Mean Myoglobin Oxygen Tension in Skeletal and Cardiac Muscle

  • R. F. Coburn
Part of the Advances in Experimental Medicine and Biology book series (AEMB, volume 37 A)


We have utilized the concept first developed by Millikan (1936, 1937) that myoglobin may be a useful indicator of intracellular oxygen tension. We have not made spectrophotometric measurements of oxymyoglobin % saturation, as did Millikan, since the presence of hemoglobin interferes with this measurement, but instead compute a mean myoglobin oxygen tension from measurements of carboxymyoglobin saturation (MBCO). This method has been described previously (Coburn and Mayers, 1971; Coburn et al, 1973). The basis of the method is illustrated in Fig. 1. Binding of O2 and CO to myoglobin is competitive, therefore, at a given partial pressure of CO, MBCO is a function of the oxygen tension in proximity to myoglobin molecules. This figure also illustrates that mean tissue Pco is equal to mean capillary Pco since CO is neither produced nor consumed at a significant rate.


Skeletal Muscle Oxygen Tension Oxygen Transport Hamstring Muscle Kinetic Equilibrium 
These keywords were added by machine and not by the authors. This process is experimental and the keywords may be updated as the learning algorithm improves.


Unable to display preview. Download preview PDF.

Unable to display preview. Download preview PDF.


  1. Antonini, E., Physiol. Rev. 45: 123–170, 1965.PubMedGoogle Scholar
  2. Chance, B., Fed. Proc. 16: 671–680, 1957.PubMedGoogle Scholar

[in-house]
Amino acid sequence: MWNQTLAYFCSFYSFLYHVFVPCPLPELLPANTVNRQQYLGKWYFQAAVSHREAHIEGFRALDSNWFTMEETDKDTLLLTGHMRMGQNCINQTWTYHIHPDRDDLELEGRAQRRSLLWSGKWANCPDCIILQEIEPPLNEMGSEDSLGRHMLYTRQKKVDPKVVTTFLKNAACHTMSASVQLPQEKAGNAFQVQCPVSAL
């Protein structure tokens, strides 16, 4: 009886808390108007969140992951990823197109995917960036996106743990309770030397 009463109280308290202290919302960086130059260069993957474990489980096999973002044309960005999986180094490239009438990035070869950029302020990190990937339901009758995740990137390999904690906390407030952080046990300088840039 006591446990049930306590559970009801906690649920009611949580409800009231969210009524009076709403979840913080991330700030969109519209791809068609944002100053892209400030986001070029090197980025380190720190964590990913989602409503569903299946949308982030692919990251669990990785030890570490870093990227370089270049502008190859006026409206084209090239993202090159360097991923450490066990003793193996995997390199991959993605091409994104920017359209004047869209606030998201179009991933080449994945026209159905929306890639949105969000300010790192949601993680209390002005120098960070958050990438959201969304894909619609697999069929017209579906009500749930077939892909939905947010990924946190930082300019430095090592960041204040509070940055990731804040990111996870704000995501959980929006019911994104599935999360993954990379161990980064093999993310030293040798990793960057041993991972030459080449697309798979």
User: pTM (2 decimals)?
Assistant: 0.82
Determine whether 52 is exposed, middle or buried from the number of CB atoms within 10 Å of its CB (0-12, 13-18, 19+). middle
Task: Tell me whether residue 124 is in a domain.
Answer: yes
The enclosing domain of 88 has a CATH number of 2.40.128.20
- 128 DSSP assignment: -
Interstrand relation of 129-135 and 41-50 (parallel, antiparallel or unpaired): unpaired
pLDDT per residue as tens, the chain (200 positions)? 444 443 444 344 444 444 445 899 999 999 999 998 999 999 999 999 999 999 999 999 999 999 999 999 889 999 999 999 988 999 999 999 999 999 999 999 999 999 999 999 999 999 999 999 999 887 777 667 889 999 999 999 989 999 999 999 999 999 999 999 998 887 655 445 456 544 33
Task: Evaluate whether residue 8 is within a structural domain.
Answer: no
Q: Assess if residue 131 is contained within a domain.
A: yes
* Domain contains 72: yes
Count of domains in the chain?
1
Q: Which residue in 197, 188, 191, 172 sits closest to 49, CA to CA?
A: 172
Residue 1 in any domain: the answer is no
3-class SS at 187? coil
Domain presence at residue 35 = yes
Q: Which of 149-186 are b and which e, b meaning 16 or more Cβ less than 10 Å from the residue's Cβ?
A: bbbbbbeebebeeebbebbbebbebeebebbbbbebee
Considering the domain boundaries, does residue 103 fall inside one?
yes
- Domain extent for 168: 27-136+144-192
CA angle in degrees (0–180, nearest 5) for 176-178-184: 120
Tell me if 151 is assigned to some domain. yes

3. Coburn, R.F. and L.B. Mayers, Am. J. Physiol. 220: 66–74, 1971.PubMedGoogle Scholar
  4. Coburn, R.F., F. Ploegmakers, P. Gondrie and R. Abboud, Am. J. Physiol. 224 (4), 1973.Google Scholar
  5. Douglas, C.C. and J.S. Haldane, J. Physiol. (Lond) 44: 305–354, 1912.Google Scholar
  6. James, N.T., Nature 219: 1174–1175, 1968.PubMedCrossRefGoogle Scholar
  7. Jobsis, F.F., J. Gen. Physiol. 46: 905–928, 1963.PubMedCrossRefGoogle Scholar
  8. Millikan, G.A., Proc. Roy. Soc. London Ser. B 120: 366–388, 1936.CrossRefGoogle Scholar
  9. Millikan, G.A., Proc. Roy. Soc. London Ser B 123: 218–241, 1937.CrossRefGoogle Scholar
  10. Rossi-Fanelli, A. and E. Antonini, Arch. Bioch. Biophys. 77: 478–492, 1958.CrossRefGoogle Scholar
  11. Wittenberg, J.B., Physiol. Rev. 50: 559–636, 1970.PubMedGoogle Scholar

Copyright information

© Springer Science+Business Media New York 1973

Authors and Affiliations

  • R. F. Coburn
    • 1
  1. 1.Department of Physiology, School of MedicineUniversity of PennsylvaniaPhiladelphiaUSA

Personalised recommendations